Omer, according to the opinion that holds that you must count it yourself and
you can’t have in mind for someone to do it for you, be any different than any
other mitzvah done through speaking like Kiddush, megilla reading and Torah
reading etc. where one person can perform the mitzvah for many?
- The Torah does say “Usfartem lachem” meaning that you should count for yourself in terms of counting the omer but why is it different than any other mitzvah where we can apply the halachic axiom of “listening is like answering” (shmiah ki’onah)?
- Beis HaLevi on the Torah in the end of his Kuntrus on Chanukah says that a kohen can’t perform birkas kohanim by just going through the motions with everyone else without speaking out the blessing by using this axiom of “listening is like answering” because birkas kohanim does not just need a speech it has to be done out loud.
- The Magen Avraham says that one can’t count the omer in Hebrew if he does not understand what he is saying.
- You have to count.
Answer: Shomea ki’ona, listening is like answering won’t help for the omer because all that does is make it as if you said the words of counting but you need to be doing an actual counting, verbally, each night, just like the Kohen has to say birkas kohanim out loud it is not enough to be considered as if he said them, therefore one has to do his own counting even if someone else is allowed to say the blessing on the omer for him.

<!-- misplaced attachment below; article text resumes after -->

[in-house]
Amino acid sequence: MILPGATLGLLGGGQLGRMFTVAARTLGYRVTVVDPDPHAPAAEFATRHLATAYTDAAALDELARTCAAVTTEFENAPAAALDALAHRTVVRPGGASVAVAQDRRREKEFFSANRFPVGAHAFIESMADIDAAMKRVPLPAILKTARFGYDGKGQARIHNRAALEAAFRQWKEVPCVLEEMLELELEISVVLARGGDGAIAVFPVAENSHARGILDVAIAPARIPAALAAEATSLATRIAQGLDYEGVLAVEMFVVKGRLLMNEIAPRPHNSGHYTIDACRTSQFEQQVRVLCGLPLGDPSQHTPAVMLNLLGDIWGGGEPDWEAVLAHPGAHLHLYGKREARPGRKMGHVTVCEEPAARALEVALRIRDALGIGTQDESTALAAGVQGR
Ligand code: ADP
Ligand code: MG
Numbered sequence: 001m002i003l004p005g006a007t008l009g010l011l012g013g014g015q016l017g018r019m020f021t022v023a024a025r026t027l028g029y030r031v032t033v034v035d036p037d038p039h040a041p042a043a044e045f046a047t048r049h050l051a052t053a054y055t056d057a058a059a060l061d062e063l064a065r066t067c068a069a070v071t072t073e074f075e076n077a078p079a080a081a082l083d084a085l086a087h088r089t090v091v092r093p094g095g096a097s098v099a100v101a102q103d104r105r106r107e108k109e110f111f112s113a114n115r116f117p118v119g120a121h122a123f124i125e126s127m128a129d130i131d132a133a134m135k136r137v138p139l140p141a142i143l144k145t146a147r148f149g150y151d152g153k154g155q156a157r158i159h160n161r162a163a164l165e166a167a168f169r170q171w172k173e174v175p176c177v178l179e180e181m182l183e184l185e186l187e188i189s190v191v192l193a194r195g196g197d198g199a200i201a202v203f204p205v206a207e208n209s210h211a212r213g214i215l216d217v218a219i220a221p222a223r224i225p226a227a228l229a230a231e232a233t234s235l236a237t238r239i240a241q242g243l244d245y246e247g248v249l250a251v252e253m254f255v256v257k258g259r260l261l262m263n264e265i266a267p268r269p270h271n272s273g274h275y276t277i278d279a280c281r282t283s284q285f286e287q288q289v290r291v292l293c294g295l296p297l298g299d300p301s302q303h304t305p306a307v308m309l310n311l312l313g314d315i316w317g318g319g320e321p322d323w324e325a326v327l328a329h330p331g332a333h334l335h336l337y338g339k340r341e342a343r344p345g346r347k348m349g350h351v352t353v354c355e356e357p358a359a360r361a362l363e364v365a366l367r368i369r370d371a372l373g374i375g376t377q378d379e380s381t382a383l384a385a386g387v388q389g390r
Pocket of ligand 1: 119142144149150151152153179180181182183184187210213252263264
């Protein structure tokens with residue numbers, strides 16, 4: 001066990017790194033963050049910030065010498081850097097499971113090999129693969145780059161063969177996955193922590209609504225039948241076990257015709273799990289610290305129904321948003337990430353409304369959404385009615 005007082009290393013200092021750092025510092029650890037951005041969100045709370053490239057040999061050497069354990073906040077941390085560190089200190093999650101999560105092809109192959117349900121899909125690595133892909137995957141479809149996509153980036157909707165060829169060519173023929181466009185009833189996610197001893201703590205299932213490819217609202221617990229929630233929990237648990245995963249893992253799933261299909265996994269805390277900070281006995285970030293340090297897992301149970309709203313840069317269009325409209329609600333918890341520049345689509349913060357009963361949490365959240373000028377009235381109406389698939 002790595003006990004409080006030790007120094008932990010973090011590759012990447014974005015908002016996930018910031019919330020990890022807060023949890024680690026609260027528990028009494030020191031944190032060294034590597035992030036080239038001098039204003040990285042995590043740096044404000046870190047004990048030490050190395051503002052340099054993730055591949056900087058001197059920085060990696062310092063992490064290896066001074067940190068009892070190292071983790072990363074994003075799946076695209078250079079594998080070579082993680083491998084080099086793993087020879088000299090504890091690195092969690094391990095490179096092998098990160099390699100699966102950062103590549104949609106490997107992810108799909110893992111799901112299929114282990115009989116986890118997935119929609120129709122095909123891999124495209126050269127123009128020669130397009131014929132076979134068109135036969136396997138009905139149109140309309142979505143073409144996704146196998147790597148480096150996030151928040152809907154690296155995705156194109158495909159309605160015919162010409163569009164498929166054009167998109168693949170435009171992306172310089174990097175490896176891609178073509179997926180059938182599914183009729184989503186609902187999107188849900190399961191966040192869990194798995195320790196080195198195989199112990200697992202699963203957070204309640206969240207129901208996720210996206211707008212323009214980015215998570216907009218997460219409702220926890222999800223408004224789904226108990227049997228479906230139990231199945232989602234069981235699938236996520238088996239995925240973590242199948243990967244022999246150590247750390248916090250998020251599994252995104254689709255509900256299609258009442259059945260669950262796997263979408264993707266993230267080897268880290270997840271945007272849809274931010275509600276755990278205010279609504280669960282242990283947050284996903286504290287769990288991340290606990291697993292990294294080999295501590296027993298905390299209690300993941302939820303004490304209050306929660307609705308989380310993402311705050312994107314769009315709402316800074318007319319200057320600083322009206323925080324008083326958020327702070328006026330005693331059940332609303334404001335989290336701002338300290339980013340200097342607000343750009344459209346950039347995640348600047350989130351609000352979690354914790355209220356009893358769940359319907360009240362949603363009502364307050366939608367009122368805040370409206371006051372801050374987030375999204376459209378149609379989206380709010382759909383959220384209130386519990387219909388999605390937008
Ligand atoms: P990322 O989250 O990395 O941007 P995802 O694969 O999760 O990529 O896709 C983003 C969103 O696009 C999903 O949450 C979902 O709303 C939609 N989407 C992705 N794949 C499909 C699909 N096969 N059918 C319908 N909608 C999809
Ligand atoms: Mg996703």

Question: Why does the concept of “toch kidei dibur” work to correct
oneself if he says the wrong day of the Omer but not if he mentions Shabbos
instead of Yom Tov in his shemone esray?
A. “Toch kidei dibur” is the concept of
realizing one made a mistake and immediately correcting himself within a
certain short amount of time which is the amount of time it takes for a student
to greet his rebbe saying, “Shalom aleichem rebbe umoreh.”
Mishna Berura (Orach Chaim 488:6:32) says “they further write that if one makes
a mistake and says ‘today is the fourth day of the omer’ and toch kidei dibur
remembers it is the fifth day, it is enough to just finish ‘fifth of the Omer’
and he fulfills the mitzvah even if he didn’t say ‘today is the fifth day’
since it was still within the allotted time of correction.
C. If one
on Yom Tov says “mikadesh hashabbos” instead of “mikadesh Yisrael vihazmanim,”
the Mishna Berura (487:3) says one must go back and say “mikadesh Yisrael
vihazmanim” and it’s not enough just to correct oneself toch kidei dibur and
say “Yisrael vihazmanim” after concluding “mikadesh hashabbos.”
D. When Yom Tov falls out on Shabbos we say in our shemone esray “mikadesh hashabbos Yisrael vihazmanim.”
Answer: Rav Shlomo Zalman Auerbach explains that it is not recognizable that you are correcting the mistake you made since that is just what you say on Shabbos Yom Tov but by the Omer it does look like he is correcting himself since one does not count twice in one day. (See Dirshu Mishna Berura there note 68.) [/exapnd]